Yesterday I took kids for a breakfast in a farm shop cafe. I have been using up my fruits and veggies before leaving for our holiday on Sunday butomehow I used it up too fast and needed more fruit. Farm shop seemed the best solution, I could pick up some produce and treat the kids all in one place.

We enjoyed our lovely veggie breakfast while watching the rain outside the windows. On the way out, fruit and few veggies in the bag, the rain eased off for just long enough for kids to feed the adorable piglets. The farm shop leaves a bucket of fruits and veggies not good enough to sell outside the shop.

Three months old piglets waiting for heir apples

The three months old piggies really enjoyed their apples, happily grunting and squabbling over the fruit that got more and more covered in the sticky brown mud. I suddenly had this heavy feeling in my heart while watching those happy spotty piggies, I couldn’t stand the thought of them ending on the butcher's counter one day. At that point the farmer arrived and told the kids there are 5 days old piglets hiding in one of the huts. We had to have a look. We could just see them peeking from the dark corner, too scared to explore the big wide world just yet.

They seemed rather big for such a young age. The farmed explained it was because they were only 5 of them, plenty of milk for all. I said to him that I suppose that is a bad thing for them in the long run as they going to get fatter too quickly. I did mention I was a vegetarian and don’t really like the idea of them being turned into ham and pork chops. This farmer didn’t look at me with disapproval as one would expect, he said that maybe because of their size they may become great breeding pigs. Funny, the pig farmer tried to soften the blow and I did appreciate it.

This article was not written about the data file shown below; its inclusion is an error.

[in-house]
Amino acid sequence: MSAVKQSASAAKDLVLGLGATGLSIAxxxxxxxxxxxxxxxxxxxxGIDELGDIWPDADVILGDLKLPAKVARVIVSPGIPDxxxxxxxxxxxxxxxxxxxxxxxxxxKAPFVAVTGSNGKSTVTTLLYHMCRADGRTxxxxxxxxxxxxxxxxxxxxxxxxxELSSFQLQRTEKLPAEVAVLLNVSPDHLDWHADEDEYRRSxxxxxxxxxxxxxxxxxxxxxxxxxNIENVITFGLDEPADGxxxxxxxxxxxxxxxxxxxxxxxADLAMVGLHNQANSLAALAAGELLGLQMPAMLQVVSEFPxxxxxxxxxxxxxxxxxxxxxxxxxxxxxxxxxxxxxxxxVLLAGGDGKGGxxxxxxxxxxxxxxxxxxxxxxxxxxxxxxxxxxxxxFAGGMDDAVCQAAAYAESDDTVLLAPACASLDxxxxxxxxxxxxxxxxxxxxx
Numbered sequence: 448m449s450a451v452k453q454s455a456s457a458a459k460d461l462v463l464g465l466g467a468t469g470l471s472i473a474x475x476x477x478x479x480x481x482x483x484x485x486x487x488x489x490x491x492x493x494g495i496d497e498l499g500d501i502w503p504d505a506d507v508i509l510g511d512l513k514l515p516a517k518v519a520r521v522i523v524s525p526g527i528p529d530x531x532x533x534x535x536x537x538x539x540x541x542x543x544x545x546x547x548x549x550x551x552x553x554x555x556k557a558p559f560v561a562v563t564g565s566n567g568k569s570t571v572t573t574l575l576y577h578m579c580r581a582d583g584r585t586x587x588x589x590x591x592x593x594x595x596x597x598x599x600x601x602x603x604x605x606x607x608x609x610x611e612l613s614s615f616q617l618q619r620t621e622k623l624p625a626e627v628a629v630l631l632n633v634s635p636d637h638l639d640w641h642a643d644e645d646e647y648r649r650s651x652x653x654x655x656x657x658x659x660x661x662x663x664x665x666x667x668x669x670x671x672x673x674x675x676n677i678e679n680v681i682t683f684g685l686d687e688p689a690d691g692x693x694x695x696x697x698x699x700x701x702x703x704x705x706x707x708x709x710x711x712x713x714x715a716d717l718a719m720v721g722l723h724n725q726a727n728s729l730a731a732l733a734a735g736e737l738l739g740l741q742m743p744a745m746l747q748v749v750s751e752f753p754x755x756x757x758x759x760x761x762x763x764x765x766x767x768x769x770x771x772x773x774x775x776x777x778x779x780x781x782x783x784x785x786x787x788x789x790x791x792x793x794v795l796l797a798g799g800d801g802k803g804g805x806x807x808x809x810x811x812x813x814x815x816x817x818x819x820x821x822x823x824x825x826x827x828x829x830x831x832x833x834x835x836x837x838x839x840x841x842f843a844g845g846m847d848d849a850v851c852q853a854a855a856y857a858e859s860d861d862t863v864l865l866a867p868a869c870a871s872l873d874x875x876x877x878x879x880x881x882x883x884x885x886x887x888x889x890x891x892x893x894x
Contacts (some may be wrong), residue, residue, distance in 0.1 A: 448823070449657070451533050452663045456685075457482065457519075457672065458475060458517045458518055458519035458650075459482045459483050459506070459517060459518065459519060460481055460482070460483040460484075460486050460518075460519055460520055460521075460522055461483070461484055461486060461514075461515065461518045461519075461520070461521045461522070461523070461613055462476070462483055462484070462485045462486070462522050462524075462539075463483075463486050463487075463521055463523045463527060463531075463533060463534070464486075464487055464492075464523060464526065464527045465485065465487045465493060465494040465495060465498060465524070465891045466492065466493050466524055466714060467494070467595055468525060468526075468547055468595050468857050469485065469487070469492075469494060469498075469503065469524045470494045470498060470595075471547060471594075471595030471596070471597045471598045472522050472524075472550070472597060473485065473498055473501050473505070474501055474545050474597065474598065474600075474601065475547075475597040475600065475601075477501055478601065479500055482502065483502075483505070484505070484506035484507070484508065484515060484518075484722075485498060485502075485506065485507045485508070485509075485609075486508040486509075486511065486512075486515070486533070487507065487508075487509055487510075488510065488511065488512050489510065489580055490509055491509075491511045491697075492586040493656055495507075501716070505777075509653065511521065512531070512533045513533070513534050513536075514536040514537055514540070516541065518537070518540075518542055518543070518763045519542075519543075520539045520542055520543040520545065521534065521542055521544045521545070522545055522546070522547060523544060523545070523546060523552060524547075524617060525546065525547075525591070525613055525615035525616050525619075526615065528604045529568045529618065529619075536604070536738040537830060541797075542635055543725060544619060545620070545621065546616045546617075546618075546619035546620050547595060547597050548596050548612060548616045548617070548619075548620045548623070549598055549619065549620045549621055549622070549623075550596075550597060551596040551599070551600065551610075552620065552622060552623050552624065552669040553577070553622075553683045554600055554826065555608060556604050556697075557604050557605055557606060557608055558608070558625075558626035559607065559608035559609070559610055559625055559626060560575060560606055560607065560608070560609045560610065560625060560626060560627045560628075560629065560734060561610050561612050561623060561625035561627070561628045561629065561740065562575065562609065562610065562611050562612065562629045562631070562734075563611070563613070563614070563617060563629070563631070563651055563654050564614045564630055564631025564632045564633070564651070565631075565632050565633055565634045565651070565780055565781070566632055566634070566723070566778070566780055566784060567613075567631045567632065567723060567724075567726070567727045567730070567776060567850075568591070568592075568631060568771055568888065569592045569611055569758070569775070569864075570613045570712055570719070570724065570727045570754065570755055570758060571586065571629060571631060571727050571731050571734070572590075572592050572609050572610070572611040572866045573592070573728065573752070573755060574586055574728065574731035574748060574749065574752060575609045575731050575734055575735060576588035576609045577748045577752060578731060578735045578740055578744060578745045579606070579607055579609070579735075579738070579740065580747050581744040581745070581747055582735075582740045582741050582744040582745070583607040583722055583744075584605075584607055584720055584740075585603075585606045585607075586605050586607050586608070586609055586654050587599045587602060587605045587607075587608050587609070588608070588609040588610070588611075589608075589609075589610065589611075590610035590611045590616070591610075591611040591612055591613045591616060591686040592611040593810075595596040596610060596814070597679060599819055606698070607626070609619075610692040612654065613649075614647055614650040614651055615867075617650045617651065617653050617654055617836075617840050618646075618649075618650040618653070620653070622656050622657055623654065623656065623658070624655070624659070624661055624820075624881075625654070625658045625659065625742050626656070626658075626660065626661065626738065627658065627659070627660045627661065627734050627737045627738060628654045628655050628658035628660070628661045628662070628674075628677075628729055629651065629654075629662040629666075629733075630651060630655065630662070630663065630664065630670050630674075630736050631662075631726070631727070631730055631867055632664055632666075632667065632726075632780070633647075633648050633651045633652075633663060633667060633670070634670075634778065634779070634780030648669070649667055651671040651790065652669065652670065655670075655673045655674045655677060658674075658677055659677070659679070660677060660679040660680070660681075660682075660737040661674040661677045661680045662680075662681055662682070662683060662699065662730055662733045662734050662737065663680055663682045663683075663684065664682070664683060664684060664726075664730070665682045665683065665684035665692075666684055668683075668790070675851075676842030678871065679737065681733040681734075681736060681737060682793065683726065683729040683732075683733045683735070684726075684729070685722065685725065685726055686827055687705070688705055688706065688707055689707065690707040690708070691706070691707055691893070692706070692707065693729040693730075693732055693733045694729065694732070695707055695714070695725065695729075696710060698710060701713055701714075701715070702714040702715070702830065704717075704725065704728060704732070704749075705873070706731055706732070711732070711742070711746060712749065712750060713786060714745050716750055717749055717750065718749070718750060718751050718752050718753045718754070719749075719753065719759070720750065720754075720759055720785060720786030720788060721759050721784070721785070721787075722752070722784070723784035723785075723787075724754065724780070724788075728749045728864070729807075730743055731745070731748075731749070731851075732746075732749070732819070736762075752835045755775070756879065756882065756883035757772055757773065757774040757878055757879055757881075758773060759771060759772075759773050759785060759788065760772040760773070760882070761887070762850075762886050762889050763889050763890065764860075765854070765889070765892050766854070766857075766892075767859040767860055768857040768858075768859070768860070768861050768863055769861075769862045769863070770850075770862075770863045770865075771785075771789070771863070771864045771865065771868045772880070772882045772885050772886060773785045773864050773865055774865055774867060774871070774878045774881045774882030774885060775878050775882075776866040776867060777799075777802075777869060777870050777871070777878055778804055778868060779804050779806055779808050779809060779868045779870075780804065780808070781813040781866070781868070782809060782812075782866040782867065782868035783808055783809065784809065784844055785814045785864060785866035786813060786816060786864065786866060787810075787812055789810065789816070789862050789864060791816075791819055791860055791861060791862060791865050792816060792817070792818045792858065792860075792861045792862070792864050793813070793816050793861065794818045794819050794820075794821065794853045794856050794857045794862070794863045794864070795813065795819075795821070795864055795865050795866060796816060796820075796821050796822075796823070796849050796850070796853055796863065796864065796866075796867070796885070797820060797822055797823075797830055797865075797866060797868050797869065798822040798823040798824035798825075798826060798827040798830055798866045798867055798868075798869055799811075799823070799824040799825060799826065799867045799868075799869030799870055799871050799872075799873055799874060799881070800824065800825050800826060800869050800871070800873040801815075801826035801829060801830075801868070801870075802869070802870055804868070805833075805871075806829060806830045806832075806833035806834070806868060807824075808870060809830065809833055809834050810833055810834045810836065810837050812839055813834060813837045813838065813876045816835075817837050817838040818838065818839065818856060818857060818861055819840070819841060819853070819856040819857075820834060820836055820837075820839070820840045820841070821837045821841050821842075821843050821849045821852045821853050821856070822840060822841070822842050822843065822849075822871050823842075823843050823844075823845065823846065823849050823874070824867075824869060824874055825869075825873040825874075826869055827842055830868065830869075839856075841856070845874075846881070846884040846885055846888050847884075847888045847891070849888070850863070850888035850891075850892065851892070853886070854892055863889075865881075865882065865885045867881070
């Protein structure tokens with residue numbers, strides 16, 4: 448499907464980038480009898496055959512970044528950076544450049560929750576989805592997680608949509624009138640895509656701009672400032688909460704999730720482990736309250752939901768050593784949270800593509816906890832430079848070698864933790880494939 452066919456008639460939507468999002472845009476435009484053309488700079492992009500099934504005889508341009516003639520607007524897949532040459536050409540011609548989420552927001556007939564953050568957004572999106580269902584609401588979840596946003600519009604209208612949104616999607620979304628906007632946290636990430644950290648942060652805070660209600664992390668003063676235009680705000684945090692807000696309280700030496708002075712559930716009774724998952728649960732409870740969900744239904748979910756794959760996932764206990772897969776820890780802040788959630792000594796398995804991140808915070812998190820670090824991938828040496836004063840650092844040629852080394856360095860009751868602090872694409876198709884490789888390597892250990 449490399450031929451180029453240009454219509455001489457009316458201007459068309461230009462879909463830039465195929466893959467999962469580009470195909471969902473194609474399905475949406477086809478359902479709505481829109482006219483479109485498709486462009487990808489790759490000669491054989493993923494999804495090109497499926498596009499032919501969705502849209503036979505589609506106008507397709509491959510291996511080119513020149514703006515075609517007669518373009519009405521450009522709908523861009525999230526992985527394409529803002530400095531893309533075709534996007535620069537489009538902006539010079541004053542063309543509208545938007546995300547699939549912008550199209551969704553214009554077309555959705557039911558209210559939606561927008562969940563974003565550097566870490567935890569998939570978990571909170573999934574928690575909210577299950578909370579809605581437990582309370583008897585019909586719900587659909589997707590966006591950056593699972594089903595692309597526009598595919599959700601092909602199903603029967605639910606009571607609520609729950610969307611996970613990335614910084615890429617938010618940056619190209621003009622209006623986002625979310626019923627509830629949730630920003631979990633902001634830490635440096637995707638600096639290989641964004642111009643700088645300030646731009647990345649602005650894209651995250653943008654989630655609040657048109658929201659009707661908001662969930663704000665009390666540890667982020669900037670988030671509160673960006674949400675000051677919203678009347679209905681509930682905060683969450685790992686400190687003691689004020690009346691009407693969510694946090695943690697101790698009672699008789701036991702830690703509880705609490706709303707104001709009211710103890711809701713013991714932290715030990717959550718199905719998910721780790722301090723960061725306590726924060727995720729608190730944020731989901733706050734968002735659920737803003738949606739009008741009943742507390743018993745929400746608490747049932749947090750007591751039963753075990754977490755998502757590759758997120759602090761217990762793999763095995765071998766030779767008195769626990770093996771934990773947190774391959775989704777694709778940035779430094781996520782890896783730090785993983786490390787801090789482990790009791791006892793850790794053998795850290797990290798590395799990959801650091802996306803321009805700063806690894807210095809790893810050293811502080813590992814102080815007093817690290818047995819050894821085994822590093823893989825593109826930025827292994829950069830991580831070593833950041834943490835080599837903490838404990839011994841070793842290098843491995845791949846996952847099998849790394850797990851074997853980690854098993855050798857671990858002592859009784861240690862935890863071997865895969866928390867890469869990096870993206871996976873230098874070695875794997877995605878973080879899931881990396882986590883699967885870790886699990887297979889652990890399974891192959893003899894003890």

Still I couldn’t stop thinking about those innocent little pigs, and their fate. I wish there was a Charlotte out there for each little piglet. On the way home my kids and I had a discussion about it all. My son sad he was happy we have brought him up a vegetarian (even though he thinks meat looks tasty).


Aubergine is traditionally cooked with lots of oil. If you have a good non stick wok you can get away with half a tablespoon as long as you follow my method. You will get soft moist aubergine without the grease. Makes sure it is cooked through, the pieces should be easy to squash with a fork. There is nothing worse than undercooked aubergine!!!

Serves 2

1/2-1 Tbs rapeseed (canola) oil
2 medium aubergines, cut into bite size pieces
2 stalks of lemon grass, finely chopped
2 garlic cloves, finely chopped
1 inch of ginger, finely chopped
1 red chilli, finely chopped
3 Tbs tamari
200g whole wheat or rice noodles (cooked according to packet instructions)
juice and zest of half a lime
2 spring onions (scallions) finely chopped

  1. Heat the oil in a wok (that has a lid) and add the aubergine. Add a pinch of salt. Stir the aubergine around until it starts to brown. Add 1 Tbs of water and cover with lid. Cook until the aubergine is soft and cook through. Remove the aubergine and set aside.
  2. Add the lemon grass, ginger, garlic and chilli to the wok and stir fry until soften. You can add a tablespoon of water if the veggies start to stick.
  3. Next return the aubergine to the wok and add the noodles.
  4. Add the tamari and lime juicy and stri-fry till the noodles are heated through.
  5. Add the lime zest and the spring onions and serve.